Two Heads Are Better Than One

By Gerry Blackwell

January 24, 2003

Navini and Pronto are pushing a new all-wireless first-mile solution for hotspot network operators.

Navini Networks and Pronto Networks have a modest proposal for hotspot network operators. Rather than pay the exorbitant price for DSL or cable first-mile backhaul from individual hotspots, why not go wireless all the way?

Navini and Pronto recently announced an initiative to market a joint solution to hotspot network operators, integrating Navini's second-generation wide area fixed wireless access networks and Pronto's turnkey (or outsourced) hotspot systems.

More than a few major hotspot business plans have been derailed not because of the capital costs involved in buying access points and other infrastructure, but by the high cost of installing individual hotspot sites and the recurring cost of providing first-mile backhaul, says Sai Subramanian, Navini vice president of product management and strategic marketing.

"That is most often what kills these business plans," Subranian says. "Especially for network operators [who want to put in] a few hundred or more hotspots."

"They either can't justify bringing lines in to all those locations," says Pronto CEO Jasbir Singh. "Or service isn't available."

For "serious network operators," the Navini-Pronto solution makes a lot of sense, Singh says. It does require investing capital in Navini wireless infrastructure, he concedes. "But it's much cheaper in the long run."

Navini's proprietary non-line-of-sight (NLOS) Ripwave fixed wireless access systems work in spectrum bands below 3 GHz, including license-free ISM (2.4 GHz), MMDS (2.5 GHz) and WCS (2.3 GHz). Base stations typically cover a range of three to five miles and deliver bandwidth to individual subscribers of up to 1.5 Mbps.

The Palm-size Ripwave modem-antenna is customer installable -- it requires no outside antenna, no truck roll. A subscriber with an office and home in the same Navini coverage area could take a modem and laptop home -- or to any other location within the service providers footprint -- and make a connection using the same account.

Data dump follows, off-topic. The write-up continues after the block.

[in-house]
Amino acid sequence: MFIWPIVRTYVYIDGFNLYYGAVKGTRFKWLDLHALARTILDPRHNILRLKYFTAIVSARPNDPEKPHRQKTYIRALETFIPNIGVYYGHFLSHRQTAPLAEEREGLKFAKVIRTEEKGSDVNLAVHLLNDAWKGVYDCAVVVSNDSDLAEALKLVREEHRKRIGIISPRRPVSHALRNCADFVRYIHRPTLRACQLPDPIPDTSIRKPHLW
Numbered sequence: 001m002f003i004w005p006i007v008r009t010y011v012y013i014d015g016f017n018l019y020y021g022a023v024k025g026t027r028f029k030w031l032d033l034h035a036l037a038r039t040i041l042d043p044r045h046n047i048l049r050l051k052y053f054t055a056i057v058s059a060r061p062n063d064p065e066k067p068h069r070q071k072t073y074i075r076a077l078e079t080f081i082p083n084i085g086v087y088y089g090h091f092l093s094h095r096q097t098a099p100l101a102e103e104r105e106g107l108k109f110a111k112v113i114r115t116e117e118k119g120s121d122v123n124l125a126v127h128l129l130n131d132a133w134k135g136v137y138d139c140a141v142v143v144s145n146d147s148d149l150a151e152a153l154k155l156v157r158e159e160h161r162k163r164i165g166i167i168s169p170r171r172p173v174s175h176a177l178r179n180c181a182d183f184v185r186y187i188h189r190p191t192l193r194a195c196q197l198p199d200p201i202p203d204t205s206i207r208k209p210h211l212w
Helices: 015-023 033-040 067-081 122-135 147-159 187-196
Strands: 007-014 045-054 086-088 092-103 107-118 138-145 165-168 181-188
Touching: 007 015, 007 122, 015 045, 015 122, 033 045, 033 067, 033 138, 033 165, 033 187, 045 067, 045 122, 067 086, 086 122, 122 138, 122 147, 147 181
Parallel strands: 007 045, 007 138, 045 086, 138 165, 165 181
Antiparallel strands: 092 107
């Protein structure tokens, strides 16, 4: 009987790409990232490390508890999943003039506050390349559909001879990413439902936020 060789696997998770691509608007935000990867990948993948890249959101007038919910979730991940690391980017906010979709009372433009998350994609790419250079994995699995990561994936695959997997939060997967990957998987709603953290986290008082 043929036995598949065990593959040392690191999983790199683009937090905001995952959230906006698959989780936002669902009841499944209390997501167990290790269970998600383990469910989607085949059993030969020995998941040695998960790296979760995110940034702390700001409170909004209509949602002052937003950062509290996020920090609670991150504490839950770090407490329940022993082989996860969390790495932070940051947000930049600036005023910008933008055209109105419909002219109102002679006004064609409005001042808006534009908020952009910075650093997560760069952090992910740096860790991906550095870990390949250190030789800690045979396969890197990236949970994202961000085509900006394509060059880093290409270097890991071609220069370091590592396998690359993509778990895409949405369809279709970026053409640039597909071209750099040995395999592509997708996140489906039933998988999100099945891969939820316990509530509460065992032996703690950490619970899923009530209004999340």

The battery operated modem connects to the computer via USB or Ethernet. It can provide broadband mobile access at road speeds up to about 40 mph. A PCMCIA modem card will be out some time in the second quarter of this year, making it an even more mobile solution, Subramanian says.

"For the subscriber, it's plug 'n' play," he says. "Plug [the modem] into the side of the computer and you're up and running with broadband access in less than ten minutes."

It's a breakthrough technology, Subramanian contends, because it's not only plug 'n' play, but also offers high bandwidth and wide area coverage. Other wireless technologies -- PCS, Wi-Fi and first generation fixed wireless access systems -- are deficient in one area or another. Mobile is low bandwidth, WLANs offer only local area coverage and first generation fixed wireless isn't plug 'n' play.

Navini claims the technology provides a total cost of ownership up to 50 percent lower than DSL or cable, and up to 70 percent lower than first-generation wireless broadband systems. According to Subramanian, service providers can break even on a single cell with "two or three hundred subscribers."